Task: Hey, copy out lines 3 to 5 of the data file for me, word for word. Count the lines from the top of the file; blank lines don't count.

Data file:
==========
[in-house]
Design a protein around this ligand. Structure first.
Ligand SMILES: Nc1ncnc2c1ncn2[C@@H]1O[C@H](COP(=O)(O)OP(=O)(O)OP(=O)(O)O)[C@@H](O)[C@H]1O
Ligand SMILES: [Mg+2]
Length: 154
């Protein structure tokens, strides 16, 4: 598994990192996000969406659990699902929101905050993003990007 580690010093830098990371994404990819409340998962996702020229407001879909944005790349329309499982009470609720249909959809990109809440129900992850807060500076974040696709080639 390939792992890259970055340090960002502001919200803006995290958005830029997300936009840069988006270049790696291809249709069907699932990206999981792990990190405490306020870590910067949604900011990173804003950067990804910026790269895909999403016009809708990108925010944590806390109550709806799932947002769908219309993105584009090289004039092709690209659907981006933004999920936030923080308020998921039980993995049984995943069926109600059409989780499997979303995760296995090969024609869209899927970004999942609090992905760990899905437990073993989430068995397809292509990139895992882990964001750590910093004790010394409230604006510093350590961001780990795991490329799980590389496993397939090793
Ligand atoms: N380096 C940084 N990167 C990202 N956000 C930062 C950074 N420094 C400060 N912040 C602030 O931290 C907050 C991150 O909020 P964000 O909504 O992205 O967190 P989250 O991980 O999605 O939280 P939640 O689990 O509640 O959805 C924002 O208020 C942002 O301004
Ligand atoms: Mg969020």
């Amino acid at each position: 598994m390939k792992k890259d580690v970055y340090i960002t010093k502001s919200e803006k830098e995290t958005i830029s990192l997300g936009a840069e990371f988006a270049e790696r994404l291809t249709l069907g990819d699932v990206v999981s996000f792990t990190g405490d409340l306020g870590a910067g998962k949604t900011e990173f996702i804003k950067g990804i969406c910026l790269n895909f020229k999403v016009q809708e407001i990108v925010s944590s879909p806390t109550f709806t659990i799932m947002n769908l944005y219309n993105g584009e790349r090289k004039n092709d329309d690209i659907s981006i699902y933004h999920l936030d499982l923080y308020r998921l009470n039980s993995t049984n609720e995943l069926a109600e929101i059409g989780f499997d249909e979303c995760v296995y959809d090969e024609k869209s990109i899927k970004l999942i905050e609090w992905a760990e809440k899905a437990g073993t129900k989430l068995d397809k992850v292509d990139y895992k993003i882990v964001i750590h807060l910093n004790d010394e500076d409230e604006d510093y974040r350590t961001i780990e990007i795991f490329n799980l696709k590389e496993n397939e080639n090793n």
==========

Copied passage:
Ligand SMILES: Nc1ncnc2c1ncn2[C@@H]1O[C@H](COP(=O)(O)OP(=O)(O)OP(=O)(O)O)[C@@H](O)[C@H]1O
Ligand SMILES: [Mg+2]
Length: 154